Education: Business angels are typically people with a university and/or professional qualifications, but angels with masters and doctorates are rare. According to many researches, about 75% of business angels have a university degree and about 20% enrolled in university but never finished their studies.

Occupation: Business angels come from various professional fields. According to some research6, 25% have worked in finance as financial directors, accountants, etc.; 20% have worked in the
machines and equipment sector; the remaining 55% come from areas such as medicine, production, construction, biotechnology, etc.

Wealth: This is one of the main preconditions of becoming a business angel. Business angels invest an average of $10,000 per deal and generally have a portfolio of two to five investments. In the USA, one in every three angels has a net worth of at least $1m, whereas in Great Britain 19% of business angels are millionaires7.

Investing personal assets: The fact that business angels invest personal assets distinguishes them from institutional investors of high-risk capital, whose funds come from sources such as pension funds, banks, university endowments, and insurance companies that have legal obligations to exercise caution and invest in less risky ventures.

They make risky decisions: Most business angels have extensive and often successful experience in managing companies. They are ready to make different decisions, which often carry a large dose of risk. Even though they were once successful entrepreneurs, or were executives of large companies, business angels do not always possess the required knowledge and skills for successful management of the companies they invest in.

They invest locally: Business angels prefer to invest in enterprises near their homes, usually within a 50–100 kms radius or 1–2 hours of driving time. Just to illustrate, in Great Britain, 67% of business angels invest in enterprises that are 100 kms or less from their home or work place. In Norway, it is 48%8. Business angels prefer to invest locally so they can visit the firm in which they have invested and see how things are going.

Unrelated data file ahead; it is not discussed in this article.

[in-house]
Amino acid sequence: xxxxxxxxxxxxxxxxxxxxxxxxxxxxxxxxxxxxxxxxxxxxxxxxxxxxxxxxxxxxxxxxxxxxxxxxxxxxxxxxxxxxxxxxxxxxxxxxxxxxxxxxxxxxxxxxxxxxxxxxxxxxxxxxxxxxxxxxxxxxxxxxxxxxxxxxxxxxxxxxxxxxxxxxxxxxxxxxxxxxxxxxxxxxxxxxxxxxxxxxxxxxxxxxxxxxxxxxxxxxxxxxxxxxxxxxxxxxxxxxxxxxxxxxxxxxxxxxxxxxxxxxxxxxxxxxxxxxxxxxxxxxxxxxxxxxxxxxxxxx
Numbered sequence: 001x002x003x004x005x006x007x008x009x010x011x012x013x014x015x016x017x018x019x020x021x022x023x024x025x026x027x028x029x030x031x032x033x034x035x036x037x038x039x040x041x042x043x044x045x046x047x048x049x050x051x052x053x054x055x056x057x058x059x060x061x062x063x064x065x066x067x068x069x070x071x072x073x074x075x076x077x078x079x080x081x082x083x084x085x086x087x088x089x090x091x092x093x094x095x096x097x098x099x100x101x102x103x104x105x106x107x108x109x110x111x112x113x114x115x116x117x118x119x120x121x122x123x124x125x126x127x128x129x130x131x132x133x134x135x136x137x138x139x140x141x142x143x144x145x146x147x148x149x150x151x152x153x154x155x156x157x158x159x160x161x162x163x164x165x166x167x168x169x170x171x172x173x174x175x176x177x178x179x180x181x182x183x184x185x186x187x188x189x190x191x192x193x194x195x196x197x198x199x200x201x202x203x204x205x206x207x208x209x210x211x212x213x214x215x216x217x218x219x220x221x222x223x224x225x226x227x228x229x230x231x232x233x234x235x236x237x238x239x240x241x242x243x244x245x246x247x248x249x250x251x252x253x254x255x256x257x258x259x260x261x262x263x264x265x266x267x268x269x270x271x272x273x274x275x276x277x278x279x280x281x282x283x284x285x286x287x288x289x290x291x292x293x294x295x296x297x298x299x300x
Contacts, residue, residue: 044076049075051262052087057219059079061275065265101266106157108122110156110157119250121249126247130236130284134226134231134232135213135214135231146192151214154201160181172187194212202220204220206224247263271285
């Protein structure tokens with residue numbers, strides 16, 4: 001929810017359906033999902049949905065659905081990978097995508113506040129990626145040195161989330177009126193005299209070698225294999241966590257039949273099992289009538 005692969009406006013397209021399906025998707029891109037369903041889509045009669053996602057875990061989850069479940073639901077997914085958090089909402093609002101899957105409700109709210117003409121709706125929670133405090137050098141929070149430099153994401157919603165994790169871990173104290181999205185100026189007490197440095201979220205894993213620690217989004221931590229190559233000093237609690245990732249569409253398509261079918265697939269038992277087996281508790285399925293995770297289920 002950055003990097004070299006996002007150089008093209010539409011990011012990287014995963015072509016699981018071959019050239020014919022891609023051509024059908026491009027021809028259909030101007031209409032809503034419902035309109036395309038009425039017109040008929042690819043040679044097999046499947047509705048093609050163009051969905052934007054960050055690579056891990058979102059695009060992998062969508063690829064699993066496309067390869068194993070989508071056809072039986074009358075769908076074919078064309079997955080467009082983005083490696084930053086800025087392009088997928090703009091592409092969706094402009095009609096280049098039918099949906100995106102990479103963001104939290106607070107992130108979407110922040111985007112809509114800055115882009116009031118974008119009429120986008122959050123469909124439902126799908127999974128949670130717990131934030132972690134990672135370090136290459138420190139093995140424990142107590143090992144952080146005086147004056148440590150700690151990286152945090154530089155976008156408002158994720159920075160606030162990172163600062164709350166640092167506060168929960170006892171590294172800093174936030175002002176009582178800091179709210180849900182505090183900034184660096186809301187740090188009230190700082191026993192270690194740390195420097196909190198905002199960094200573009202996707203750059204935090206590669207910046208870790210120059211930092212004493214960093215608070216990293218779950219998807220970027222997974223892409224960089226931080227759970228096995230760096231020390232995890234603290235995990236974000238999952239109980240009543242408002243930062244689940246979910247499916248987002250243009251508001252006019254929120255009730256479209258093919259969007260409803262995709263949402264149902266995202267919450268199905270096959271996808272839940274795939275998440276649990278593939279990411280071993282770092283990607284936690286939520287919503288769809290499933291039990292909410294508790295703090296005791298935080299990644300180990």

Investing in unlisted companies: Business angels invest in companies that are not listed on the stock market. Because of the high risk, they invest only 5–15% of their assets in such companies. If the investments fail, which they often do, the losses will not affect their lifestyle drastically.


Business angels are private investors, who, during their active working lifetime, have gained wealth and experience. They are ready to invest in small and medium enterprises in order to help young entrepreneurs and to make profits for themselves.

They are especially important during the seed stage and start-up stage of development. As patient investors, they direct the entrepreneur toward the right path in developing the enterprise while providing venture capital and knowledge for the enterprise. Business angels are playing a more and more important role in fi nancing many new businesses.


1. Van Osnabrugge M, Robinson RJ. 2000. Angel Investing: Matching start-up funds with start-up companies. Jossey Bass: San Francisco.
2. Fiti T, Markovska HV, Bateman M. 2007. Pretpriemnishtvo (Entrepreneurship), 2nd edn. Faculty of Economics: Skopje.
3. Mason CM, Harrison RT. 2008. Developing Time Series Data on the Size and Scope of the UK Business Angel Market. BERR, URN 08/1152.
4. Kosztopulosz A. 2004. Informal Venture Capital in Hungary. Faculty of Economics and Business Administration, University of Szeged, Hungary.
5. Hill BE, Power D. 2002. Attracting Capital from Angels — How Their Money and Their Experience Can Help You Build a Successful Company. John Wiley & Sons: New York, NY.
6. Alterovitz R, Zonderman, J. 2002. Financing your new or growing business: How to find and get capital for your venture. Entrepreneur Mentor Series. Entrepreneur Press: Irvine, CA.
7. Mason CM. 2006. The Life Cycle of Entrepreneurial Ventures, Vol. 2, Informal Sources of Venture Finance. Kluwer: Dordrecht.
8. Reitan B. and Sørheim R. (2000) The informal venture capital market in Norway — investor characteristics, behaviour and investment preferences. Venture Capital: An International Journal of Entrepreneurial Finance 2: 129–141.
Last modified onTuesday, 28 October 2014 05:07